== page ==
Sunday, November 02, 2008

Bad Catholics

This election year brought the usual assortment of public figures who wanted to gain a measure of support by playing off their Catholic identities. Of course there's Joe Biden, and Nancy Pelosi making her harebrained remarks about the Church's teachings on when human life begins. Here in Michigan, where the bishops have come out strong and united to defeat the ballot proposal to legalize human embryonic experimentation, we've got our pro-abortion Catholic governor stating that "as a Catholic, I can say to be pro-cure is to be pro-life." This irresponsible statement earned a firm response by the steadfast Bishop of Lansing, Earl Boyea, as well as a swift backpedal by the governor ("She was just speaking for herself", said her spokeswoman. Oh, really? Then why toss in that "as a Catholic" preface?)

Most responsible Catholics are aware of these public hypocrites and how they emerge every election cycle to try to trade on their Catholicism while escaping the moral and public obligations of their faith. One comment I commonly hear about these people is "they're not real Catholics."

I'm afraid that is false - they are real Catholics. Being a Christian isn't like joining a club or party or other human organization. Becoming a Christian is a one-way thing: once baptized, always baptized. You can reject the faith, you can apostatize, you can go completely the other direction, but you can't become "non-Christian" in the way you can become "non-Republican" or even "non-American". Baptism and confirmation are covenant ceremonies, and covenants cannot be undone.

To be fair, most people who would say "those aren't real Catholics" are doing it with the best of intentions: they want to dissociate the hypocritical behaviour of those Catholics from the true teaching of the Church, and make clear that their practice does not match true doctrine (as Bishop Boyea was swift to do in his response to Governor Granholm.) But it would be more accurate to state that these are bad Catholics who either do not understand Church teaching or choose not to follow it.

The thing to remember - and pray about - is that their Catholic identity does indeed "count", but not in the way they think. The common pattern of salvation history is that God visits judgment on His people first. He holds them to a higher standard, and if they fail, they pay a steeper price. It was that way with the Jewish people, and it is that way with His Church.

In other words, being a Catholic on the day of accounting isn't necessarily a good thing. In fact, it may be a very bad thing indeed. One will hardly wish to shout out how Catholic one is when the Judge will simply look down and say, "Then you should have known better." For those who disregard Church teaching and disobey her moral injunctions, Catholic is the last thing they'll want to be when they stand before the Judgment Seat of Christ - but they won't have any option there, either.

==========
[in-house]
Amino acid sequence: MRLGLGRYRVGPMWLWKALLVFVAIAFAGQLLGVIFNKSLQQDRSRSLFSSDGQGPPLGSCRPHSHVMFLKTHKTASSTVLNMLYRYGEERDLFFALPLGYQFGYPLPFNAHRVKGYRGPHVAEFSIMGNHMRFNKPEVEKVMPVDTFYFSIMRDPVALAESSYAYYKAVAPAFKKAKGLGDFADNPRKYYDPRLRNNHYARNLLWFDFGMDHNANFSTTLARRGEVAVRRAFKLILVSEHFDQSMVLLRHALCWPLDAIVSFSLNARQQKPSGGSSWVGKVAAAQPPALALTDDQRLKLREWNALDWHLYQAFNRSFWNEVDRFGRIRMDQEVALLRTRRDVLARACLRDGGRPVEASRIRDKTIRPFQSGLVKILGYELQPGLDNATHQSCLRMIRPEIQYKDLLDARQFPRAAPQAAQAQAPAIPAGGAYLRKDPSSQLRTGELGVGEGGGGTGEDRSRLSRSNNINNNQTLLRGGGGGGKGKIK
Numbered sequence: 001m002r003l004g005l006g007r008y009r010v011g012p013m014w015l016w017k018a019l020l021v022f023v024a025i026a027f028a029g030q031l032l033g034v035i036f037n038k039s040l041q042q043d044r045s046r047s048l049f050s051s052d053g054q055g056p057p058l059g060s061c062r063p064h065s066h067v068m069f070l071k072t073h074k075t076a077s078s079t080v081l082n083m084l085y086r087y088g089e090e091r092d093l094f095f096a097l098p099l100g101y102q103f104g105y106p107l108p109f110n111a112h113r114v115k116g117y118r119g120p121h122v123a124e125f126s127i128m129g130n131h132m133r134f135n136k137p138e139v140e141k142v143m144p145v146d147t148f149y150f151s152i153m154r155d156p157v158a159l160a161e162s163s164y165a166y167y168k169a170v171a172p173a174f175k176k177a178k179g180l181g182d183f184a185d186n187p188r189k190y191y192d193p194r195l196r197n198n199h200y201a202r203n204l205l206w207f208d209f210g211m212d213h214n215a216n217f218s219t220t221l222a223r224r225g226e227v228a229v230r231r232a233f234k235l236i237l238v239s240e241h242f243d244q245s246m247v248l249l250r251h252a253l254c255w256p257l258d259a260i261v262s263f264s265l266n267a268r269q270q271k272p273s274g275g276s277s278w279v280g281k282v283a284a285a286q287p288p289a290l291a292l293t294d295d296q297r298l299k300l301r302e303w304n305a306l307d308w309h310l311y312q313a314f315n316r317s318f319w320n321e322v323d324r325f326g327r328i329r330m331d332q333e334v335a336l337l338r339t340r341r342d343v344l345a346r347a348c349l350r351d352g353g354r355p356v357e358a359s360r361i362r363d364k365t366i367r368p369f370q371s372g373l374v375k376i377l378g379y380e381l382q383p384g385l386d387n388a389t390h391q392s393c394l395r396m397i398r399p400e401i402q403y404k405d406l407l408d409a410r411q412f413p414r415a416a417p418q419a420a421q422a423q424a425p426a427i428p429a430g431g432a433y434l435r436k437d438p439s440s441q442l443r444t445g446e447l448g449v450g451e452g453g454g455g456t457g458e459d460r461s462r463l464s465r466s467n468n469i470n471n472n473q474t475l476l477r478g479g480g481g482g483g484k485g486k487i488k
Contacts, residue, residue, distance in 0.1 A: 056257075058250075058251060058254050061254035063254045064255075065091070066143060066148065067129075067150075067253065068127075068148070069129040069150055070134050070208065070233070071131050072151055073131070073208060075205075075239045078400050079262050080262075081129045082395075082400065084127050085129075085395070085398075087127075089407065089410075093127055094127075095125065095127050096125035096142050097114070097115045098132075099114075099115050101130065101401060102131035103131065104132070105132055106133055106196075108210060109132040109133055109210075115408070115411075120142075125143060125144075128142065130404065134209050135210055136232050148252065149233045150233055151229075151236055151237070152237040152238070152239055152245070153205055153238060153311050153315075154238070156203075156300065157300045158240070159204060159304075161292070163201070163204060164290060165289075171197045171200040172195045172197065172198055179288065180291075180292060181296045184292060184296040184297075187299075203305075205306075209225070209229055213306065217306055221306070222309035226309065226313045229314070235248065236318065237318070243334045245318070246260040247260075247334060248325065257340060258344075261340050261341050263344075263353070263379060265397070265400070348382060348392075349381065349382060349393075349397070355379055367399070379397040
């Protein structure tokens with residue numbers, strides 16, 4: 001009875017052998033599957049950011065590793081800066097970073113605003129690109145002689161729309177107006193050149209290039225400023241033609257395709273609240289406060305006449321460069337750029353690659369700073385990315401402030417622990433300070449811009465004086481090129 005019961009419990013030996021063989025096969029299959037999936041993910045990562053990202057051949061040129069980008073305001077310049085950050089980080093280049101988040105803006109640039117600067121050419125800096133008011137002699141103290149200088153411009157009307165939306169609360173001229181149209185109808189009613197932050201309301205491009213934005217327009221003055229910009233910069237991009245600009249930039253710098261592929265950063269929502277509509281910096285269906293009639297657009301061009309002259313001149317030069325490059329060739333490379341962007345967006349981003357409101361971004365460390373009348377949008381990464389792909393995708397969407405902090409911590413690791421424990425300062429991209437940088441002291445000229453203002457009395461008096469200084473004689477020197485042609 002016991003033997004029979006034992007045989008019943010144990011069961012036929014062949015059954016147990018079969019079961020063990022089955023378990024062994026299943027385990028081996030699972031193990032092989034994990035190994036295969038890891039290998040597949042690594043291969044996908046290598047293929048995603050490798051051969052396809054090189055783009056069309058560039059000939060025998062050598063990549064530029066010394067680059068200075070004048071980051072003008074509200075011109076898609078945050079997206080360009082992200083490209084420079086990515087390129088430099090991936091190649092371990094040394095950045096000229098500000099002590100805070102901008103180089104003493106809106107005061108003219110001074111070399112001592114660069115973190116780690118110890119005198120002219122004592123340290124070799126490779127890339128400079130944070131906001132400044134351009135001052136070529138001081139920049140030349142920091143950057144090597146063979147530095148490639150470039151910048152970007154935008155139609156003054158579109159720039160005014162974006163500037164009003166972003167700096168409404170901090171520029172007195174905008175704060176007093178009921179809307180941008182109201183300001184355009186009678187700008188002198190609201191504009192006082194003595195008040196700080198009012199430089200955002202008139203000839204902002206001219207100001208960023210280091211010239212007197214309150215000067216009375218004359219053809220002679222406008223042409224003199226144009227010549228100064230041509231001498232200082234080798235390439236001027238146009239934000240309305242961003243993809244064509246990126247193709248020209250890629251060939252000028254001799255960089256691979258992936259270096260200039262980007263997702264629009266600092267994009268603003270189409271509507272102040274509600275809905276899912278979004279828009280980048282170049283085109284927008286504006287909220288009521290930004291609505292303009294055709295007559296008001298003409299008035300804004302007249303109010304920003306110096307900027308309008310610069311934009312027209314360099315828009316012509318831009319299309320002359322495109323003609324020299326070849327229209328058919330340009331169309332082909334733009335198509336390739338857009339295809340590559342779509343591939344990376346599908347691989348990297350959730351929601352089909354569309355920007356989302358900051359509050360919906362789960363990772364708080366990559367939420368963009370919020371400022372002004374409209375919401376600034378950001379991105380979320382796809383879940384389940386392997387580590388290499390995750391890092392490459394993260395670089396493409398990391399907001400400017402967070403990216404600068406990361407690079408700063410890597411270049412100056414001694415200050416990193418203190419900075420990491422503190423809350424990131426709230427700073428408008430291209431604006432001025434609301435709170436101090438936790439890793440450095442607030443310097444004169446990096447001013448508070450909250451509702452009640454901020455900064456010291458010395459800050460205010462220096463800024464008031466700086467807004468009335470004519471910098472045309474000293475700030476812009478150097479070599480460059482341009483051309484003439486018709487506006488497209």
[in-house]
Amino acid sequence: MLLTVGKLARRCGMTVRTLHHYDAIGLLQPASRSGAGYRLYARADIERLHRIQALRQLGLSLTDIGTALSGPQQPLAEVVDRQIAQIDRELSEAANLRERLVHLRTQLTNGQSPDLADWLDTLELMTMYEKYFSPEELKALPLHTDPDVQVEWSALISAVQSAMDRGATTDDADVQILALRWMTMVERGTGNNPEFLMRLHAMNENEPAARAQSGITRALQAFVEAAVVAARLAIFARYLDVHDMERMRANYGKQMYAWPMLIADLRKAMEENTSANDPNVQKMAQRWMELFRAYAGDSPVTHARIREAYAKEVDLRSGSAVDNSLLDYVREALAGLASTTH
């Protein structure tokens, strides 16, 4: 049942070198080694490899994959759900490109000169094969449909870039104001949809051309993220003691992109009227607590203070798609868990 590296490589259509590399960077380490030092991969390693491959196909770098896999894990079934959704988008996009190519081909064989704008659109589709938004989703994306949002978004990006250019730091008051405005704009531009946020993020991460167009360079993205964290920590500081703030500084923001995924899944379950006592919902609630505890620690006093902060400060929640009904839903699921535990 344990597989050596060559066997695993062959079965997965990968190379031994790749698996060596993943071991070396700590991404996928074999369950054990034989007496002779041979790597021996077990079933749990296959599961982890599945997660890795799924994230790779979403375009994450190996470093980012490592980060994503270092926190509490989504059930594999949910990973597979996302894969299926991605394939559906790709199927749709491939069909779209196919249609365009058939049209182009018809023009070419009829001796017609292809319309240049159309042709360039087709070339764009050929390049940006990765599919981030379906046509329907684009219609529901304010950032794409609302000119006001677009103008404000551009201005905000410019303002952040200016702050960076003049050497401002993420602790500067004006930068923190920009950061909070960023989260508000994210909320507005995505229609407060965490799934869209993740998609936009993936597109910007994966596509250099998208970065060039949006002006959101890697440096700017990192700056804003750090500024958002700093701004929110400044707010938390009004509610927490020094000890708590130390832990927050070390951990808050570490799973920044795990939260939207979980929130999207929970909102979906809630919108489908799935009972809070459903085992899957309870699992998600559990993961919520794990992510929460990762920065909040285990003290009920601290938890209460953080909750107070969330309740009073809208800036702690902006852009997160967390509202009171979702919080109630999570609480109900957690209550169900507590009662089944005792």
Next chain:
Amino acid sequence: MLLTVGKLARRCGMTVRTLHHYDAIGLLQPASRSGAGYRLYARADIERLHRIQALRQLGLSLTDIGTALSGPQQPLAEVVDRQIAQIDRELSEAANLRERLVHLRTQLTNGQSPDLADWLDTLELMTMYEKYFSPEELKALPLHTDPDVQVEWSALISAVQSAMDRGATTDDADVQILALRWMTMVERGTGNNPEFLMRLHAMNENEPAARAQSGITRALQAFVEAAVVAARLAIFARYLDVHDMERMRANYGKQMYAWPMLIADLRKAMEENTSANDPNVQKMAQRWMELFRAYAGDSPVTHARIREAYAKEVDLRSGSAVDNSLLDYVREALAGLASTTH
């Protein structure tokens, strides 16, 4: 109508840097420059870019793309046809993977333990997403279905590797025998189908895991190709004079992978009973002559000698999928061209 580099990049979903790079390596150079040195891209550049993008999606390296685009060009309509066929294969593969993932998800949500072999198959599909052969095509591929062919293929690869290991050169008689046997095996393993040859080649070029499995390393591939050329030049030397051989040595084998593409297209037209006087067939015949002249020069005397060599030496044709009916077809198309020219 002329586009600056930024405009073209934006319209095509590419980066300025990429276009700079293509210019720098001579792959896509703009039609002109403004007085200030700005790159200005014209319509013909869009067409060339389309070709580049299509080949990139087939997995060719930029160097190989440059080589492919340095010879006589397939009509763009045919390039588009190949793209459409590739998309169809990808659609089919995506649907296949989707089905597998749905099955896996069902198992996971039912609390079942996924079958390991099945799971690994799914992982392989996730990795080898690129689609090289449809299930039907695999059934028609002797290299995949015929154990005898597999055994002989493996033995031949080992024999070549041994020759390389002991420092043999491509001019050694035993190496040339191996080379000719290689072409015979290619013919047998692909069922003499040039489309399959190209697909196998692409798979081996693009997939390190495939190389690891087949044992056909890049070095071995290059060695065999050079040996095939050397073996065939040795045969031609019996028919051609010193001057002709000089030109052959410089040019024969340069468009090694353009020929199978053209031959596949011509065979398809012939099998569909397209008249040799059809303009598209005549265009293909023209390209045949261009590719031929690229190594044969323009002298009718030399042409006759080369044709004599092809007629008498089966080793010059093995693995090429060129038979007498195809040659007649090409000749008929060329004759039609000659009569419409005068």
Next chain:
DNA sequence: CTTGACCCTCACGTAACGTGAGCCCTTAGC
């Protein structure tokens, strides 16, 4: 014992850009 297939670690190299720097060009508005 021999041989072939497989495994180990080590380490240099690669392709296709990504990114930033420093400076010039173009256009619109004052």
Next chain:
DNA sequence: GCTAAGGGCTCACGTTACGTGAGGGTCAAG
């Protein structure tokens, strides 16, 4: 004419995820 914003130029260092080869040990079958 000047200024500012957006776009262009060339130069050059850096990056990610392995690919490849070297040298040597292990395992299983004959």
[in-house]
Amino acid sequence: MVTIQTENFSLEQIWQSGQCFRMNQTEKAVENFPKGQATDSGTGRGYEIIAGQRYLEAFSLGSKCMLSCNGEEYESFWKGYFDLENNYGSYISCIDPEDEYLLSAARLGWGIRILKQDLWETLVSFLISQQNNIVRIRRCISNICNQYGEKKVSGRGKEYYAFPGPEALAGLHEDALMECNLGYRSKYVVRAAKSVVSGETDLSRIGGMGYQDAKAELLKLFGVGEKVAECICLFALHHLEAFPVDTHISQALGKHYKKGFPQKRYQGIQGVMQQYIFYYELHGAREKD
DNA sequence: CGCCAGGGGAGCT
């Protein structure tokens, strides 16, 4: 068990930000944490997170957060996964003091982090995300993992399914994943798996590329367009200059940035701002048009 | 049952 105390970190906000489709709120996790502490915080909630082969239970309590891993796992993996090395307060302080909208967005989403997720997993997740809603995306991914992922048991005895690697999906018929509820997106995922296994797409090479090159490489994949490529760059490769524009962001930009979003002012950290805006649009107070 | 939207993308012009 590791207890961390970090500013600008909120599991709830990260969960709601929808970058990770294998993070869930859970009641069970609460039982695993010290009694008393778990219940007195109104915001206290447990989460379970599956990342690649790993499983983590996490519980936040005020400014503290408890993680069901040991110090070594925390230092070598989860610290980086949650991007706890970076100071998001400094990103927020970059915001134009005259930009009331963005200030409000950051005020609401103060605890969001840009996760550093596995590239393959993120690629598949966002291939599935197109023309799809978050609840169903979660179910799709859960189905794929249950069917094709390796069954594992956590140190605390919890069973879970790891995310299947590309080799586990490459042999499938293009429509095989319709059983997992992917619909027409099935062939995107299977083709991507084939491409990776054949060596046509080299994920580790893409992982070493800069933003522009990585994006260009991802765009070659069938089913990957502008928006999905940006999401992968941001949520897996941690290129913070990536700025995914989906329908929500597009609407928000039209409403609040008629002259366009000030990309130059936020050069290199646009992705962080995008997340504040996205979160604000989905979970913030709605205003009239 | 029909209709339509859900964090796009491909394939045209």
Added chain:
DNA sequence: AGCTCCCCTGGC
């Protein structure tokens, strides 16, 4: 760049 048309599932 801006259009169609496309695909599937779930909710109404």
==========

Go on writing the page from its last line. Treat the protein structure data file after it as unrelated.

I'm not trying to say, "be patient everyone - they'll get theirs come the day." Anyone who is offhand or complacent about that grim possibility is either deficient in charity or not really apprehending the severity of what is at stake (in my case, guilty on both counts). That any of our brothers or sisters should stand at risk of what they might be facing if they don't turn is something that should move us to the depths of our souls. That is why we should be most diligent in prayer for all those who neglect the Church's teachings, thereby risking their souls - and most especially for those in public office, who risk leading others astray by poor example. We should get no satisfaction from the thought that this or that politician or actress or whoever will certainly get their comeuppance in the end. We should renew our prayer that God will shower the grace of repentance upon them, that they might turn from their disobedience before it is too late.

It is no act of charity to tolerate public disobedience of Church teaching while still claiming a Catholic identity. To do so is callous indifference to not only the public scandal presented by the disobedience, but also the state of the soul of the offender. This is why Bishop Boyea's response to Governor Granholm's statement was the act of a good pastor, both of his flock and Governor Granholm. It's worth calling attention to a critical part of his statement: " be in favor of Proposal 2 is not to be pro-life. A well-formed Catholic conscience would never lead a person to support Proposal 2 'as a Catholic'." The hue and cry in the media treats this like a political criticism. In fact it is a serious and well-crafted pastoral statement, and it indicates the deep concern Bishop Boyea has for Governor Granholm's soul.

If we want to see better Catholic practice in our society, we need to start it by being better Catholics ourselves. An important step in that is to cease responding to the public disobedience of high-profile Catholics in manners appropriate to the political realm. Sure, we can decry that such things happen, but every time we should pray for them. They are our brothers and sisters, and we should be praying that they turn from their disobedience and seek the grace of forgiveness.

Isn't that what we'd want someone doing for us?

No comments: